When President John F. Kennedy, the trailblazer of the New Frontier, called upon Americans to ask not what their country could do for them, but what they could do for their country, his inaugural message sounded a clarion call to a younger generation that wanted to serve in a noble cause. JFK was a World War II veteran and American society during that war had been united against a common enemy. Kennedy, like other men and women after the bombing of Pearl Harbor, answered the call. One of the most beloved of all World War II’s pantheon of patriots were nicknamed “Doughnut Dollies” by G.I.s serving in England. They brought coffee and doughnuts to the soldiers returning from overseas missions while playing Big Band music over the loudspeakers of their “clubmobiles.” The Red Cross girls serving in this capacity were part of the patriotic surge of emotion that typified the era.
But the sixties would have no such coalescing cause; for that generation, the Vietnam War was a divisive wedge that divided young and old, parents and children, police and protesters. Knowing the difficulty of maintaining troop morale in the face of what military insiders realized was likely to be a prolonged war, the Defense Department called upon the Red Cross to transplant the Doughnut Dolly program—more officially known as the Supplemental Recreational Activities Overseas—to Vietnam. More than 600 single women in their early twenties served from 1965 to 1972. Their mission was to emulate the persona of the girl next door for lonely soldiers who were fighting in a country that didn’t welcome them for a war they didn’t understand. Some of the women maintained recreation centers that provided an oasis for the soldiers, who could listen to music, talk, relax, play pool, and write letters home; others, bringing games, snacks, and sodas, traveled by helicopter to remote areas where soldiers were poised to head into battle.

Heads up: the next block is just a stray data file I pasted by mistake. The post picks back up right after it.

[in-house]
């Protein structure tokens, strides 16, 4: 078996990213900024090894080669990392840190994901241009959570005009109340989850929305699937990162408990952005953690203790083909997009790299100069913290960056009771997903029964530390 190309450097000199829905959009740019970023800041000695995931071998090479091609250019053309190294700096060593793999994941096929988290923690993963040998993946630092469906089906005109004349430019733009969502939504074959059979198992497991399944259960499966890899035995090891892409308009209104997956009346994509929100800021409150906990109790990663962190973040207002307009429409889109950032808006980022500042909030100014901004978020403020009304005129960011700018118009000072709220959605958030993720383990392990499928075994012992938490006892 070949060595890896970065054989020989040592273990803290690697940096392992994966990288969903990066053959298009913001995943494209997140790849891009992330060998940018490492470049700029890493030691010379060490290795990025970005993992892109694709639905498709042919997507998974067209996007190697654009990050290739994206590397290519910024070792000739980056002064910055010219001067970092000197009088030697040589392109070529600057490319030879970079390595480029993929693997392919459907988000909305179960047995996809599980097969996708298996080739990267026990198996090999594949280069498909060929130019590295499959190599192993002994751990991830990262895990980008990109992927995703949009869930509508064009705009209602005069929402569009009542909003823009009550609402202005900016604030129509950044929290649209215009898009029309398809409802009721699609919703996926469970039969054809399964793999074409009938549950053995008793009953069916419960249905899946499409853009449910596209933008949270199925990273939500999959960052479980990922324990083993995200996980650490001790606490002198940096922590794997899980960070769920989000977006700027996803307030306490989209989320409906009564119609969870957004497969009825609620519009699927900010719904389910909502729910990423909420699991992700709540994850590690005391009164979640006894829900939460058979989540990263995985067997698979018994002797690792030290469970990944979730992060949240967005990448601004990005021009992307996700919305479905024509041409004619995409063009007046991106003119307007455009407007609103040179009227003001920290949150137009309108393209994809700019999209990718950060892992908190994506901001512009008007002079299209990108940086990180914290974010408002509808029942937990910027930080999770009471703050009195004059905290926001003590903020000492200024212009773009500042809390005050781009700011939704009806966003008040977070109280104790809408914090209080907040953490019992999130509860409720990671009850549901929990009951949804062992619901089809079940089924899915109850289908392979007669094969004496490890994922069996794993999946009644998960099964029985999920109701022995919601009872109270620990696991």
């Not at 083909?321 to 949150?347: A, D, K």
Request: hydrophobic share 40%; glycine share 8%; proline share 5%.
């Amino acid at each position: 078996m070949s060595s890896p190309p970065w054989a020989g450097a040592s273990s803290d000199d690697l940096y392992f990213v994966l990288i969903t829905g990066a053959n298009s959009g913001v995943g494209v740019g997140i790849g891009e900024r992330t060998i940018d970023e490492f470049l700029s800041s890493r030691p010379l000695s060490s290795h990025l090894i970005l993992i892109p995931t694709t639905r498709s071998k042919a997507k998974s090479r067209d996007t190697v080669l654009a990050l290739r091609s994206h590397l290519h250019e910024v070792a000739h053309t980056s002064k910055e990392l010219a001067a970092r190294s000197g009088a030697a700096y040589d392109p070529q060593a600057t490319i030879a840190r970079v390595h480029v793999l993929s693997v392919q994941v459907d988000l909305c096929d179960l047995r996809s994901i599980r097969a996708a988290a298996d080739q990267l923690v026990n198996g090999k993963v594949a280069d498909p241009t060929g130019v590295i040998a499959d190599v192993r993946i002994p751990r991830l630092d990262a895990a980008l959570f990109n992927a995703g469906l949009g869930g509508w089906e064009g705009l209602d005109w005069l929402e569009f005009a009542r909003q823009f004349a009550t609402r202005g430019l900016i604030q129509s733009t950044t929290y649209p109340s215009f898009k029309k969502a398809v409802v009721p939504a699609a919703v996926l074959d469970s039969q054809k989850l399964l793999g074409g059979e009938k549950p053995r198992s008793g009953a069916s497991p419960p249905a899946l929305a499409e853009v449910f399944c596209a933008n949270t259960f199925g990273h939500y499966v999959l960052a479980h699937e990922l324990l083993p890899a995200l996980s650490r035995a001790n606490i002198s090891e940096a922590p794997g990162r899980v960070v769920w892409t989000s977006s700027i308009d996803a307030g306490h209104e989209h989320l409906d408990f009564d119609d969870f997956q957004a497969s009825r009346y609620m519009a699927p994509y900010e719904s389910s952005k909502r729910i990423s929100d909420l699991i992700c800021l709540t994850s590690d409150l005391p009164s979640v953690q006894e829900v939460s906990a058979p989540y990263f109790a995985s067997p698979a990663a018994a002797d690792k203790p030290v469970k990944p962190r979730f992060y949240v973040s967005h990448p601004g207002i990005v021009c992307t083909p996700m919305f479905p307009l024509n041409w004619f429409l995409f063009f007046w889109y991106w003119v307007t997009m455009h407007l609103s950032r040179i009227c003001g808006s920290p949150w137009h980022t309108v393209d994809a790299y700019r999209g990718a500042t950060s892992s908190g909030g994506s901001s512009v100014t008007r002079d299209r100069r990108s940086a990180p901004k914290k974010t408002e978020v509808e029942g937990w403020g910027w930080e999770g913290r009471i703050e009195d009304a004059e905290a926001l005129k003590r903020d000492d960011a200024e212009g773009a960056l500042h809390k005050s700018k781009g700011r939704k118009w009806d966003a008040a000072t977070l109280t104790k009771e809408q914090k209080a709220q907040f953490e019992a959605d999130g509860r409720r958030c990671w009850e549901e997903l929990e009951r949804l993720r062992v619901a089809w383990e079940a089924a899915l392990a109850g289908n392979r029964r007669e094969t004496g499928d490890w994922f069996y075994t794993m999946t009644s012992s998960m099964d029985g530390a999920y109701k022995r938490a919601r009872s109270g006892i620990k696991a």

Doug Bradley and Craig Werner, authors of We Gotta Get Out of This Place, an account of how music helped the soldiers endure the unique experience of serving in Viet Nam, interviewed some of the women who served as Doughnut Dollies for their book. Jeanne Christie, a twenty-one year old college graduate, decided to do her part and in 1967, she was in Vietnam. Boosting morale required more than doughnuts. “There was all types of music going on, you had access to all sorts of music, and you had shows that constantly came through,” she said. “Whenever anybody was going back home they’d play Leaving on a Jet Plane. And everybody sang We Gotta Get Out of This Place by the Animals.”
Christie recalls the moments when music ignited a patriotic response. “One night, at a Marine Club at Da Nang,” Jeanne continued, “we all burst into America the Beautiful. As soon as the first couple notes started, everybody stopped talking . . . When I hear it sung at the baseball game in the seventh inning stretch . . . , I always think back to that moment . . . that’s the type of emotional hold that some melodies have on people.”
The soldiers and the women were young and often lonely; the war was not something to watch on the evening news but was the backdrop of their lives. Back home, young people were carrying signs and protesting against the war. What could the women do to ease the burden the soldiers carried?
They could smile. It was, in fact, something they were required to do, just as they were expected to be cute and perky; their role was to emulate the girl next door, not the Betty Grable pin-up of the Good War. But that pressure took its toll on the women as well. Heather Stur’s book Beyond Combat: Women and Gender in the Vietnam War, explores the psychology of the Doughnut Dollies and the myths of the war. Emily Strange, who was stationed in the Mekong Delta, befriended a soldier who, like Strange, played the guitar and liked folk music. His death in a helicopter crash taught her a hard lesson: don’t get too close. So she shut down. She didn’t learn their names anymore; it was easier for the soldiers to be anonymous. She still did her job. She smiled; she was friendly; she was a reminder of home. But she disconnected her feelings from her job. The smile was part of the uniform she wore. Survival in Vietnam required distance from young men who might die.
The sixties were the front lines of a movement that would expand beyond the anti-war protesters to include feminism and other causes that would shatter age-old stereotypes. The Doughnut Dollies who personified the “good girls” the boys were fighting for would also become transformed by the social upheaval that forever altered the image of the girl next door.
The Vietnam War ended in 1975 in a national loss of innocence that was shattered by the reality of an unpopular conflict. But there are many who wonder if the war ever really ended.